Non-small-bowel abnormalities identified during small bowel capsule endoscopy

Reinier Hoedemakers, Jessie Westerhof, Rinse K. Weersma, Jan J. Koornstra*

*Corresponding author for this work

Research output: Contribution to journalArticleAcademicpeer-review

5 Citations (Scopus)
155 Downloads (Pure)

Abstract

AIM: To investigate the incidence of non-small-bowel abnormalities in patients referred for small bowel capsule endoscopy, this single center study was performed.

METHODS: Small bowel capsule endoscopy is an accepted technique to investigate obscure gastrointestinal bleeding. This is defined as bleeding from the digestive tract that persists or recurs without an obvious etiology after a normal gastroduodenoscopy and colonoscopy. Nevertheless, capsule endoscopy sometimes reveals findings outside the small bowel, i. e., within reach of conventional endoscopes. In this retrospective single center study, 595 patients undergoing capsule endoscopy between 2003 and 2009 were studied. The incidence of non-small bowel abnormalities was defined as visible abnormalities detected by capsule endoscopy that are located within reach of conventional endoscopes.

RESULTS: In 595 patients, referred for obscure gas-trointestinal bleeding or for suspected Crohn's disease, abnormalities were found in 306 (51.4%). Of these 306 patients, 85 (27.7%) had abnormalities within reach of conventional endoscopes; 63 had abnormalities apparently overlooked at previous conventional endoscopies, 10 patients had not undergone upper and lower endoscopy prior to capsule endoscopy and 12 had abnormalities that were already known prior to capsule endoscopy. The most common type of missed lesions were vascular lesions (n = 47). Non-small-bowel abnormalities were located in the stomach (n = 15), proximal small bowel (n = 22), terminal ileum (n = 21), colon (n = 19) or at other or multiple locations (n = 8). Ten patients with abnormal findings in the terminal ileum had not undergone examination of the ileum during colonoscopy.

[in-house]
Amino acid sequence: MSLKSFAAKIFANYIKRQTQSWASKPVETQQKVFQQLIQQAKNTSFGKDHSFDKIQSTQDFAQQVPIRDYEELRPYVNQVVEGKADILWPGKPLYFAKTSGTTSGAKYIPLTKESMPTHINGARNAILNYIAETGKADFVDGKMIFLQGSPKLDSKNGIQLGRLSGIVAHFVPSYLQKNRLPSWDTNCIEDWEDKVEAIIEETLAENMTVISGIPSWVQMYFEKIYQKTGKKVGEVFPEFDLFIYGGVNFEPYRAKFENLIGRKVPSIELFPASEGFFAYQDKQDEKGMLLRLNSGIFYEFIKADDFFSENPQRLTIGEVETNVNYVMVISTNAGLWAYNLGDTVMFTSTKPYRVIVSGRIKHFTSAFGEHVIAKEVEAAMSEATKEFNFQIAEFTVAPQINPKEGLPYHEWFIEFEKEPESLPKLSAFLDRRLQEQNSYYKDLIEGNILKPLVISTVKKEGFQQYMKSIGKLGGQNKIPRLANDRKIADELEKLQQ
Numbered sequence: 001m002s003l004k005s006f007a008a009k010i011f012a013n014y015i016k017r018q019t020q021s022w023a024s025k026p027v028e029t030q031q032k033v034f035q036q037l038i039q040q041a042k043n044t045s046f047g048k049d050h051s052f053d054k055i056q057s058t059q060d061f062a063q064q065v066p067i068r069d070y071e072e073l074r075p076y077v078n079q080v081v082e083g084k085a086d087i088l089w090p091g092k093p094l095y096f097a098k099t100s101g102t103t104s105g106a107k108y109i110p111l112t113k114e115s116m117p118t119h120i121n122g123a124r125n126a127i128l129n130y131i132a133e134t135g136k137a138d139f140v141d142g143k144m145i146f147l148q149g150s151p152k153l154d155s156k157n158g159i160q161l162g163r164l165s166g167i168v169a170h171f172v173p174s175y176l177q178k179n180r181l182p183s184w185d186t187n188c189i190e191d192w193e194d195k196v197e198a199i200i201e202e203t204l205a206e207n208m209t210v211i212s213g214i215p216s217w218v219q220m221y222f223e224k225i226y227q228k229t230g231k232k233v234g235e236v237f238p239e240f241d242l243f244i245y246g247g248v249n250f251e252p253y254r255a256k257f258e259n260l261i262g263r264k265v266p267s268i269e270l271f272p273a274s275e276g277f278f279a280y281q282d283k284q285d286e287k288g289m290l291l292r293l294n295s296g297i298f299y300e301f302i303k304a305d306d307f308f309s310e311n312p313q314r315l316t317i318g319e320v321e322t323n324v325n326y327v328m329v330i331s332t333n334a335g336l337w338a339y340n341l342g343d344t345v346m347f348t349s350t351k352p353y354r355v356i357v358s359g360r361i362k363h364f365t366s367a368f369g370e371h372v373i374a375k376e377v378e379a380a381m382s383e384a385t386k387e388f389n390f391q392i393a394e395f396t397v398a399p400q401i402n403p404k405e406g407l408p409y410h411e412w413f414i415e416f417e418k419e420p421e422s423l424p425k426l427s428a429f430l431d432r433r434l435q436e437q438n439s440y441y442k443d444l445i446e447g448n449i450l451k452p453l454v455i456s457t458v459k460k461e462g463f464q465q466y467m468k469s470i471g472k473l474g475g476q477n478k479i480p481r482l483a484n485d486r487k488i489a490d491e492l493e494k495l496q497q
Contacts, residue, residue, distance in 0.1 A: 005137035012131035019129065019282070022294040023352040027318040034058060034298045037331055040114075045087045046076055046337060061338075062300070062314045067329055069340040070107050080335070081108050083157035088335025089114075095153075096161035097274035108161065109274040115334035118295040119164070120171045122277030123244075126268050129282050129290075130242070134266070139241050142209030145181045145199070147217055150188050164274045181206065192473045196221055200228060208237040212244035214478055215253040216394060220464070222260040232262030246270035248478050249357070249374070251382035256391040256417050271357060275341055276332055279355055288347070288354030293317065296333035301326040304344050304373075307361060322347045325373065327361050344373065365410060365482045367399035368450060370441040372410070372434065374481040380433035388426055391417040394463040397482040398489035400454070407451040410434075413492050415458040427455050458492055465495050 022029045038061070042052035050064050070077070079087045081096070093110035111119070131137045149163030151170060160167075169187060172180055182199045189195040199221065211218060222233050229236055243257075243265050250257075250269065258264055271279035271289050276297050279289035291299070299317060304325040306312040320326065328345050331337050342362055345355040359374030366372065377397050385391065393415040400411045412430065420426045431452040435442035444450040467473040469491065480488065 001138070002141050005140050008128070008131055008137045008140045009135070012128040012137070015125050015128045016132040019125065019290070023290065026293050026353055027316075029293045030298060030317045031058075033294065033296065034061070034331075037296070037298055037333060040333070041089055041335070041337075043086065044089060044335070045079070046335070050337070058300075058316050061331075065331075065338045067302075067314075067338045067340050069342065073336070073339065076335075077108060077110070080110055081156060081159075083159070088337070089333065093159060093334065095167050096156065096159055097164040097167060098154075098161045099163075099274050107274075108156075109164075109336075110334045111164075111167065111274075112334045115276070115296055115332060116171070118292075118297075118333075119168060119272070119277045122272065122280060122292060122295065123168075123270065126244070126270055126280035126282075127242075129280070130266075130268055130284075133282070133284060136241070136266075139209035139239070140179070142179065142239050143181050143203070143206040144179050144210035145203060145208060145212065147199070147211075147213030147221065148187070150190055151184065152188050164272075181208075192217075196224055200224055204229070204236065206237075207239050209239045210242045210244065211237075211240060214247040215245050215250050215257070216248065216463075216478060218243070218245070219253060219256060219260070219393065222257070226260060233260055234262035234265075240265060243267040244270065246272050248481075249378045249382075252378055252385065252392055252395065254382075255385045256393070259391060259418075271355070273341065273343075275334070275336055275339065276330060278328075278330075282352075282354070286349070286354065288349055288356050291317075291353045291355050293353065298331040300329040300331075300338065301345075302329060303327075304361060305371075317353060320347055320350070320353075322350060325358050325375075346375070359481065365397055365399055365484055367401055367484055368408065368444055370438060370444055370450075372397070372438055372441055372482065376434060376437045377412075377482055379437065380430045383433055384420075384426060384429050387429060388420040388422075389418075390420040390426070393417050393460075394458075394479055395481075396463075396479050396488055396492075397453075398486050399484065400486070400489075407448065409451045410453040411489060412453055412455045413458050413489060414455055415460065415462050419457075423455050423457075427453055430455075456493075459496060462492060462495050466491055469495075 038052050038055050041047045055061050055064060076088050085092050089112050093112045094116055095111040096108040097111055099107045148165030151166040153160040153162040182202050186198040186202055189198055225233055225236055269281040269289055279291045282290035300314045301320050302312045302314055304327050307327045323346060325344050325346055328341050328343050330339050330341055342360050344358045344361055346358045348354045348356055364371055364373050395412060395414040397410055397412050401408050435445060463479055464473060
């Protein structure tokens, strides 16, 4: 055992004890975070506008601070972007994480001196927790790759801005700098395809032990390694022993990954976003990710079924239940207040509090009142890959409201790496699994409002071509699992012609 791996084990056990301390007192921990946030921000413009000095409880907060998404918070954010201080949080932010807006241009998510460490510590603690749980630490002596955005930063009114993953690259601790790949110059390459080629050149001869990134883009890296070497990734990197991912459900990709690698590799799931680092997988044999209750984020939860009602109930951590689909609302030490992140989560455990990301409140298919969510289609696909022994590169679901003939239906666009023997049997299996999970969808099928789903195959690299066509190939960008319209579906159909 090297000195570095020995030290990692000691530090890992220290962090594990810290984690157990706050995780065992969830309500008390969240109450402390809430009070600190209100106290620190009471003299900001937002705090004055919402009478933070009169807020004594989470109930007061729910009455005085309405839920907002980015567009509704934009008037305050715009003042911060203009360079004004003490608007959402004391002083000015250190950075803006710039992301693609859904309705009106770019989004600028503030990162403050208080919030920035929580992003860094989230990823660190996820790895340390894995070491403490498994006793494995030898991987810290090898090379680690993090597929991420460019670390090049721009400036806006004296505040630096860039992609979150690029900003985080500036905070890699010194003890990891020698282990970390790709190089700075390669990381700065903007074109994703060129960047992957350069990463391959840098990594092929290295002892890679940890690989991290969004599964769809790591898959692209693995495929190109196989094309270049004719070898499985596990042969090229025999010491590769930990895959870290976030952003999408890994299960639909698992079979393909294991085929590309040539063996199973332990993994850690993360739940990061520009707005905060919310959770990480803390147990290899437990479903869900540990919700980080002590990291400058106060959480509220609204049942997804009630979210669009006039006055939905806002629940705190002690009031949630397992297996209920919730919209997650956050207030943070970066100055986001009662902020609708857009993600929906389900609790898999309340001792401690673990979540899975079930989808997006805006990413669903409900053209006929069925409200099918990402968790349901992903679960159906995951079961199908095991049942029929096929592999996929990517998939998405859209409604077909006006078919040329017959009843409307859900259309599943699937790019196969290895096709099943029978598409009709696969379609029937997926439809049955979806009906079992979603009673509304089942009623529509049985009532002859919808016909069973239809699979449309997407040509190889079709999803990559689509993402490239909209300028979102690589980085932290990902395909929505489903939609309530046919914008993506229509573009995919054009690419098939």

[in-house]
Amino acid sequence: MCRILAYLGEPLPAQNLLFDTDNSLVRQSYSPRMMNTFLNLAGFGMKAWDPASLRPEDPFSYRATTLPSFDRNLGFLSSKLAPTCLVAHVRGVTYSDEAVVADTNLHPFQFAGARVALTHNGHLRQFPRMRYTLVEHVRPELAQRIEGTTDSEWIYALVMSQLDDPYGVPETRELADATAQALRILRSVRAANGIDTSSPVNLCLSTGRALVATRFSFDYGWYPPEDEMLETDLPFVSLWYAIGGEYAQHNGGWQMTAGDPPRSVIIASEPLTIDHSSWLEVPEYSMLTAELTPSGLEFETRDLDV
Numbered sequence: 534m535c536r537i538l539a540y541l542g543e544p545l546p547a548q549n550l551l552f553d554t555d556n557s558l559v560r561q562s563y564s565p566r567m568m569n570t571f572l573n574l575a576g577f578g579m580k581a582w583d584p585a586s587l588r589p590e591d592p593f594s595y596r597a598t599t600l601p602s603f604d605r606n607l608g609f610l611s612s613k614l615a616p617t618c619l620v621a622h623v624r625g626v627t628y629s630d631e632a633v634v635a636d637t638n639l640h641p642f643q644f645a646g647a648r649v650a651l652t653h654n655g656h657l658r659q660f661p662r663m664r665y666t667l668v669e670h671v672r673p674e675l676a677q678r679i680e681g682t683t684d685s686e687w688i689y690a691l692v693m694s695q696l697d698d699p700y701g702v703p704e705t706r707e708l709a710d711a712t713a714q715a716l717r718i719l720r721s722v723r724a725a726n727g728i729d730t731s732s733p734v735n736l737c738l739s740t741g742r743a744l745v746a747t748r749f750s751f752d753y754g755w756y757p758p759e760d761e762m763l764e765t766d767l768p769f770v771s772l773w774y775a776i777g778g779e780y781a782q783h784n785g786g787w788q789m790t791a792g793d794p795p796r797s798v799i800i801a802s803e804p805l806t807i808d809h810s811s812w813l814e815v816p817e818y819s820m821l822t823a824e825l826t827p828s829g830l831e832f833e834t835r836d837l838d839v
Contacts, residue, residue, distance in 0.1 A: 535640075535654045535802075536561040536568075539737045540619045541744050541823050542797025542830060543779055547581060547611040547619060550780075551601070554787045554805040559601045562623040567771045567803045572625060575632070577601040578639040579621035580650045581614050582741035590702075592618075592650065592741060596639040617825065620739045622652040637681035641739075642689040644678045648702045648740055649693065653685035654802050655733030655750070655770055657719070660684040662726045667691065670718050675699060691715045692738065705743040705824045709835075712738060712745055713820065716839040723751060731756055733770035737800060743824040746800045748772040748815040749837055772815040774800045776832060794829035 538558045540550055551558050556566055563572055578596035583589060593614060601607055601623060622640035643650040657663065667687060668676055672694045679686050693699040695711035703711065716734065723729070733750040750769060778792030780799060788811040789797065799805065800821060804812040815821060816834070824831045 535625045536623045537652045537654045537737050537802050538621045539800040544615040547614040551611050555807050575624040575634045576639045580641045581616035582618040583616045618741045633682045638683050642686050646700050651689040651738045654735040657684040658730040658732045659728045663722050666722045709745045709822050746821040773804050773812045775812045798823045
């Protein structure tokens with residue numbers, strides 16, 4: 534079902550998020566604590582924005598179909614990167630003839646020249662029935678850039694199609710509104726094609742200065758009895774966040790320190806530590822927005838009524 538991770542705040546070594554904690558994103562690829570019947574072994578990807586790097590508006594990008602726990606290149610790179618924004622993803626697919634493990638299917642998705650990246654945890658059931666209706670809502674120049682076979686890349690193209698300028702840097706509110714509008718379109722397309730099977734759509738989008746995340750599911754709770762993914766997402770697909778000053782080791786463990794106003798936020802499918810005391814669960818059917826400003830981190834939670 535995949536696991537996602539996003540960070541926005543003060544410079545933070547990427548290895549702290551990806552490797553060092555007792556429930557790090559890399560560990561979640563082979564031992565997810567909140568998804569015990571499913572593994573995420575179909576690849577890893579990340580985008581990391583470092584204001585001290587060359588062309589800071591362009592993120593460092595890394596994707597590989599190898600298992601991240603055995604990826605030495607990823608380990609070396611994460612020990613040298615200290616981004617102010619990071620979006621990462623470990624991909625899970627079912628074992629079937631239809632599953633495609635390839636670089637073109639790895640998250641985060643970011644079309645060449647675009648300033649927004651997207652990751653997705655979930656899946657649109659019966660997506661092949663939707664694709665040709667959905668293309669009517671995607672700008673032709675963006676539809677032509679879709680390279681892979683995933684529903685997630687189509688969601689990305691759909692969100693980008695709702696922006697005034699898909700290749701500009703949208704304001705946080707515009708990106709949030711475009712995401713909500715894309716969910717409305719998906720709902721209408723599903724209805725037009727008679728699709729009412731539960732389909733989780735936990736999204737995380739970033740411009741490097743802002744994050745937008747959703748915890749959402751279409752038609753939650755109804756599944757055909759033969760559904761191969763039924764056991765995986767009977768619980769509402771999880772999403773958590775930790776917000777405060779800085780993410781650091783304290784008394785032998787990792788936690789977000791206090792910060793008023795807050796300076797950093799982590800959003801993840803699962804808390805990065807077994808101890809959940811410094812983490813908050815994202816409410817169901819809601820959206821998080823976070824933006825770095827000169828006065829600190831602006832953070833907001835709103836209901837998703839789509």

CONCLUSION: A significant proportion of patients undergoing small bowel capsule endoscopy had lesions within reach of conventional endoscopes, indicating that capsule endoscopy was unnecessarily performed. (C) 2014 Baishideng Publishing Group Co., Limited. All rights reserved.

Original languageEnglish
Pages (from-to)4025-4029
Number of pages5
JournalWorld Journal of Gastroenterology
Volume20
Issue number14
DOIs
Publication statusPublished - 14-Apr-2014

Keywords

  • Capsule endoscopy
  • Small bowel
  • Findings
  • Colon
  • Stomach
  • DOUBLE-BALLOON ENTEROSCOPY
  • LESIONS
  • DIAGNOSIS

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